Releasing Caterpillars of Taylor’s Checkerspot Butterflies

On March 9, members of the Hornby Island Natural History Centre, Conservancy Hornby Island, Hornby Island Provincial Parks Committee, Comox First Nation and local volunteers joined personnel from BC Parks, BC Ministry of the Environment and Climate Change Science Section, BC Conservation Foundation, Garry Oak Ecosystem Recovery Team and several biologists to release caterpillars of Taylor’s Checkerspot butterflies.

This is part of a multi-year project to restore habitat including providing essential host and nectar plants through propagation and planting out twice per year. Since 2016 many thousands of native plants have been planted by project staff and local volunteers, including enthusiastic Hornby Island Community School learners and staff.

Helliwell Park visitors should be on the lookout for the tiny black one inch caterpillars on the trails through the Park’s bluffs. The week of March 7, 5000 of them, raised in captivity for release in the Garry Oak meadows,  will hopefully become a self-sustainable  population of adult Checkerspots which once flourished there. Park degradation and forest encroachment has resulted in the loss of many species of insects and wildflowers that once thrived on the bluffs and are remembered by islanders. This is the third year of larval releases and the numbers have increased exponentially from 800 in 2020, to 1300 in 2021 and now 5000. The biologists responsible for rearing the larvae through many phases of development called instars have been on a learning curve with ever-improving results.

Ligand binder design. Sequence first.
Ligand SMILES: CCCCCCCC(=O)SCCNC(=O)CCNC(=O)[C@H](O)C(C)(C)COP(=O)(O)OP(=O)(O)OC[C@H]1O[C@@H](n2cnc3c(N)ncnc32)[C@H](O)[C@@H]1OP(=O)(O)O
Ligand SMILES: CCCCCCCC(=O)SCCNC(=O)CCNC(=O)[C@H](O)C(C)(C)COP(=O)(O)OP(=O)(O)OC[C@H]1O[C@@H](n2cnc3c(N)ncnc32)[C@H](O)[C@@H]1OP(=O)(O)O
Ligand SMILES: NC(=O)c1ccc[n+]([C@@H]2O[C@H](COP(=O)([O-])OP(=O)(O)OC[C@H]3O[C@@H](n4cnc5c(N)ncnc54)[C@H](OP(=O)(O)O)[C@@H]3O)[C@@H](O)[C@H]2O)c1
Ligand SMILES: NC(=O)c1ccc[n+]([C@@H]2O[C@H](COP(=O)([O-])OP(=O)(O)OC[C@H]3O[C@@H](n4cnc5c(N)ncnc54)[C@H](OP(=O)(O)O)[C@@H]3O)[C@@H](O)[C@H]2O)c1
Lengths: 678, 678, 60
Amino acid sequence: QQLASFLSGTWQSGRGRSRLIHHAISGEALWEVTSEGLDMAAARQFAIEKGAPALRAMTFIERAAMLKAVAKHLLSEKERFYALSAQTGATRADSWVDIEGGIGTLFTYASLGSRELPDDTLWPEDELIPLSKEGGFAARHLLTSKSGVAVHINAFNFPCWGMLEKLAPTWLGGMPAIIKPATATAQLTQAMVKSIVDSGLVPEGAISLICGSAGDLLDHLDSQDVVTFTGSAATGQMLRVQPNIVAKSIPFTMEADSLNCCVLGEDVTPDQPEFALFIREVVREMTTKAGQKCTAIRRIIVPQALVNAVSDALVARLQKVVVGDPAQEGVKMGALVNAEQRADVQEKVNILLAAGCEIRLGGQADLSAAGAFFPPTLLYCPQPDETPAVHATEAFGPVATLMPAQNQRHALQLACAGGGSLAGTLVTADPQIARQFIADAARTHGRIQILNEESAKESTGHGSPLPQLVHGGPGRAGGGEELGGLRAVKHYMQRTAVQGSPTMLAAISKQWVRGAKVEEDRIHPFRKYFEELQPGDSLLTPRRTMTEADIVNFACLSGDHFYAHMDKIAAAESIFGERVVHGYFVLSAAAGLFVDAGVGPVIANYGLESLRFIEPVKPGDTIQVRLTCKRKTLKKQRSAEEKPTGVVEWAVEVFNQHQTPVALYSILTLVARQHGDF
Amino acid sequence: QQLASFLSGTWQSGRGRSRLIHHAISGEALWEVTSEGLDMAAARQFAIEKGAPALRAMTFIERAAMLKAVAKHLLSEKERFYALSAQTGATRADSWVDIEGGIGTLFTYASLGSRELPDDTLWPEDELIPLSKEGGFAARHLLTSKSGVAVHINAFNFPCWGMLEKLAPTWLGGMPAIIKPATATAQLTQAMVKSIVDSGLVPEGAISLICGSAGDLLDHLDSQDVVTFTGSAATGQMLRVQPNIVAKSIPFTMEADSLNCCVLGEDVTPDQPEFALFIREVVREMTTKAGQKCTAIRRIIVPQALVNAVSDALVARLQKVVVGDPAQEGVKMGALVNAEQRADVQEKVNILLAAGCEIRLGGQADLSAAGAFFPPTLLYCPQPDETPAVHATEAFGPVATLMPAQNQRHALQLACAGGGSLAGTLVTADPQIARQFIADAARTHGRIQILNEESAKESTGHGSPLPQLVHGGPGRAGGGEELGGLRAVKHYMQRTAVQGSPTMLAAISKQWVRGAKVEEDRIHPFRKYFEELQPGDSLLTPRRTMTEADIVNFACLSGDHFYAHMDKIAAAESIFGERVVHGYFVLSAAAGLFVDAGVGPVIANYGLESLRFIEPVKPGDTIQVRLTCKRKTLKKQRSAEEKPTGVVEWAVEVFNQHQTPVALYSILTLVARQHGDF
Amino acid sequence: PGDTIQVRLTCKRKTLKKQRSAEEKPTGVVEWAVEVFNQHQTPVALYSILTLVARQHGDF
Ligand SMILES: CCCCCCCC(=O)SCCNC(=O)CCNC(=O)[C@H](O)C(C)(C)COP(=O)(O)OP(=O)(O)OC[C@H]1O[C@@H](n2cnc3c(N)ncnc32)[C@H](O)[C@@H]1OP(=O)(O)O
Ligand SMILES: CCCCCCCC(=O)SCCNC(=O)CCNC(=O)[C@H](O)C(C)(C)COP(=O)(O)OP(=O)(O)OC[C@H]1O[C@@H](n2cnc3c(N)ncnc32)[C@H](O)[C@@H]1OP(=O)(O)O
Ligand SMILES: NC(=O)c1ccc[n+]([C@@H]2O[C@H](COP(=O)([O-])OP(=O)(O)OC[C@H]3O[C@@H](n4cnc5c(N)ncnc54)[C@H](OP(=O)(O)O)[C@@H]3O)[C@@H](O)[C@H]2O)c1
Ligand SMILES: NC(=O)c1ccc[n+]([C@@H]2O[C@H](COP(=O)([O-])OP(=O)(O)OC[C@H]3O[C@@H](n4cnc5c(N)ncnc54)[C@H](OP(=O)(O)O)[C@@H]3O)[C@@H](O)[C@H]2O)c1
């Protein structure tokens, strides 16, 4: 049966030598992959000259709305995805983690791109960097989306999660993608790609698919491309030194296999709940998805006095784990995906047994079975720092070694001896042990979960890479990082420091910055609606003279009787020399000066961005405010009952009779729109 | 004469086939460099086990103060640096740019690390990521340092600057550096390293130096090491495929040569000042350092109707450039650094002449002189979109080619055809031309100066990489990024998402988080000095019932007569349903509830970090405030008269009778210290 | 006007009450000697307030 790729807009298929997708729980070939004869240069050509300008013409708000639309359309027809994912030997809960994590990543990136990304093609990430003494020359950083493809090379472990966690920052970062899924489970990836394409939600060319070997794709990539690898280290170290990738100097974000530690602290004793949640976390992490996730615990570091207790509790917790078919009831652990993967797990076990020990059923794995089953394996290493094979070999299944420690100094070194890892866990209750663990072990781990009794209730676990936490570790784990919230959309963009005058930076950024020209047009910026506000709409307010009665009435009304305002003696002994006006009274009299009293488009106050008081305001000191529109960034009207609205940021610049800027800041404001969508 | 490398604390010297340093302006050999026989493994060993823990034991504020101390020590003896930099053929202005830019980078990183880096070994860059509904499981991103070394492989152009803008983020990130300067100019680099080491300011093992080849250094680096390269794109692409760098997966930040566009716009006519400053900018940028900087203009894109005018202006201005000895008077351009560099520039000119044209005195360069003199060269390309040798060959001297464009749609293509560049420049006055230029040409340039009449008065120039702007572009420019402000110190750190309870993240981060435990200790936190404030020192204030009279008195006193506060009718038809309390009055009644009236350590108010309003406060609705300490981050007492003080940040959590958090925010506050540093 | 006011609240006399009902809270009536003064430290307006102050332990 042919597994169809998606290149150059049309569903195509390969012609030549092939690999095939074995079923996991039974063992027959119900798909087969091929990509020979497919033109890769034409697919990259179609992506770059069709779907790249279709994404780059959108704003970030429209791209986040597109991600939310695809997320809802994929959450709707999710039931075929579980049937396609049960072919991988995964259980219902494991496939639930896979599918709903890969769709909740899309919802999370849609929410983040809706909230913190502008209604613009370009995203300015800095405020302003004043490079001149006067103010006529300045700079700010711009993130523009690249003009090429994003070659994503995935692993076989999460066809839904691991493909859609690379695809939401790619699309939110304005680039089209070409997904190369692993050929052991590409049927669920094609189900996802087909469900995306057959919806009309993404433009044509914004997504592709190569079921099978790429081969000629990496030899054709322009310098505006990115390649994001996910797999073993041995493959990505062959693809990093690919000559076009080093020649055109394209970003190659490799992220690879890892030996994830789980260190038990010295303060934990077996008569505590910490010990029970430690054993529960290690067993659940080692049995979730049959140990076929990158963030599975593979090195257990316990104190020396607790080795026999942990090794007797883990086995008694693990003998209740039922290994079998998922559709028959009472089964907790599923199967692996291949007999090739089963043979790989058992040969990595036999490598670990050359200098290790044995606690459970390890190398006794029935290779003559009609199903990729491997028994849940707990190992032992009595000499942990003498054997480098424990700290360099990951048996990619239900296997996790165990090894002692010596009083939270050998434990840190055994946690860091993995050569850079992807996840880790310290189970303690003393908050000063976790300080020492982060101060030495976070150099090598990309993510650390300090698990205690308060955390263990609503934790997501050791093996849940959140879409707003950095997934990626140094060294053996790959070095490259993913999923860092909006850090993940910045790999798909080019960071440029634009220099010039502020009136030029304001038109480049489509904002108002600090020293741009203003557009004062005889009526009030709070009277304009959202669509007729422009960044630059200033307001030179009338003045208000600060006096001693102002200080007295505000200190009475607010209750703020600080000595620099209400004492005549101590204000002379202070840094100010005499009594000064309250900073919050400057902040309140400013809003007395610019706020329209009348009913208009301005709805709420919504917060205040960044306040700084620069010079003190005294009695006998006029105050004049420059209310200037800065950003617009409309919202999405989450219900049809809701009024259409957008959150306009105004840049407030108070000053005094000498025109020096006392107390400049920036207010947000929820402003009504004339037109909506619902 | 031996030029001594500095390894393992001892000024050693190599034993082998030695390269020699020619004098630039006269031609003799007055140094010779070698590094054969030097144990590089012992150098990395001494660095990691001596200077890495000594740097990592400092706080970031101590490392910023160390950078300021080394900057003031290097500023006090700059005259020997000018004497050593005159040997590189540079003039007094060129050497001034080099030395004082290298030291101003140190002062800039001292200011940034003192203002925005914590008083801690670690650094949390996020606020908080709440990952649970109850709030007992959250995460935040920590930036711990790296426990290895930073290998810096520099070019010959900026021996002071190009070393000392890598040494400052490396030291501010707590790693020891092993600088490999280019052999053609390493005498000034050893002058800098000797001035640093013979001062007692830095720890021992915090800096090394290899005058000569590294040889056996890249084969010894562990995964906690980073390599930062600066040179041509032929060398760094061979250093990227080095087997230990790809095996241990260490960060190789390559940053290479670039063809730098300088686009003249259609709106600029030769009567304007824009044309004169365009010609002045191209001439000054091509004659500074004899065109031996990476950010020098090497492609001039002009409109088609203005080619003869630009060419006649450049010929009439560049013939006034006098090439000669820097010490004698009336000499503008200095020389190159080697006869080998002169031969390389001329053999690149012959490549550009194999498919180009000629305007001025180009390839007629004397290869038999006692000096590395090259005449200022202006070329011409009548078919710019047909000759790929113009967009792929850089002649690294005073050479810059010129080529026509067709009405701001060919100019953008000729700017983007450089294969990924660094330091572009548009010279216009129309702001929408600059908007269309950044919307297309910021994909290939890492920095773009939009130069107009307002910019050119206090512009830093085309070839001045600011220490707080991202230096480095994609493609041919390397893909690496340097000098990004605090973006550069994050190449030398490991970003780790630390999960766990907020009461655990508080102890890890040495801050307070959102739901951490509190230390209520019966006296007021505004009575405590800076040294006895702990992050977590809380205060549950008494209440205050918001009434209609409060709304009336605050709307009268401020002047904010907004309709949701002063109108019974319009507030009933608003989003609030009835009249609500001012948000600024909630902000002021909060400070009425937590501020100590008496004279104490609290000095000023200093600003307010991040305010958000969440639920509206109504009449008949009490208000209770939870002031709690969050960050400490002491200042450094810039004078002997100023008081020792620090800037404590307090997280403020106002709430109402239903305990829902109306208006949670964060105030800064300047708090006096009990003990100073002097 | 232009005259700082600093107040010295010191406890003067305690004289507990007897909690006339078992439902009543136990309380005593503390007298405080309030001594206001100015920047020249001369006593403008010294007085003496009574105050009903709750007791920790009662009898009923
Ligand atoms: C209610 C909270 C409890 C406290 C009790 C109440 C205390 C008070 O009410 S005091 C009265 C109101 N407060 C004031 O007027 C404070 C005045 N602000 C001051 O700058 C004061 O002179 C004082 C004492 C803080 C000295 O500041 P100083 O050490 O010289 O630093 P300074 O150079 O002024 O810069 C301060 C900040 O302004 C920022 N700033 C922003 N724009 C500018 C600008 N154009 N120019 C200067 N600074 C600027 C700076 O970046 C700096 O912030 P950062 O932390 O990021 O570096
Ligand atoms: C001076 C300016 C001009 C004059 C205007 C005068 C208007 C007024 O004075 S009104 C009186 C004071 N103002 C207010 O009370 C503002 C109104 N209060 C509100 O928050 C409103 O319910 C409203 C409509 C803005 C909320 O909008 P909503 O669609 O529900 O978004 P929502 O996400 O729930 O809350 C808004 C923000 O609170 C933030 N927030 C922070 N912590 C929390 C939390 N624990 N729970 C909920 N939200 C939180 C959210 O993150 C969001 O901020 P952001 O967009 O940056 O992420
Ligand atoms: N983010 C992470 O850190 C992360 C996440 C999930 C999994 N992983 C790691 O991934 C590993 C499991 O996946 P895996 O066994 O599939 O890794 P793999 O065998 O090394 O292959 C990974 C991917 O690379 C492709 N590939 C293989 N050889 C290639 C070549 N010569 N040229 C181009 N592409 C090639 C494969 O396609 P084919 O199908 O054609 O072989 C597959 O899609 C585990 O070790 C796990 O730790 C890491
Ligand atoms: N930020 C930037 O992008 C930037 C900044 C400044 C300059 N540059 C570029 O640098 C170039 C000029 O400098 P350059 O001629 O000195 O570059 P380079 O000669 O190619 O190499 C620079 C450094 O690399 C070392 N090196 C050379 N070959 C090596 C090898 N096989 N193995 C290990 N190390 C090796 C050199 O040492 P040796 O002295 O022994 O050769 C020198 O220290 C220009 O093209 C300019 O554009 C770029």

Checkerspots are an extremely rare endangered species which has been Red-listed by the Canadian government. Once common in coastal Garry Oak ecosystems from Hornby Island to Oregon, First Nations people referred to the butterflies as Whulge, meaning a connection with the land, and it also is their name for the Salish Sea. Salish people successfully managed coastal ecosystems for millennia until colonialism arrived in force in the 1800’s with little understanding of the delicate balance in nature.

If you visit Helliwell this spring or any time, please do your bit to help the restoration project by staying on marked trails and keeping dogs leashed. If you are on the bluffs in April, watch for the caterpillars, and in May watch for the beautiful adults flitting about. Take a photo with GPS and a timestamp if possible and send it to project manager Jennifer Heron at: Any information will be helpful and much appreciated.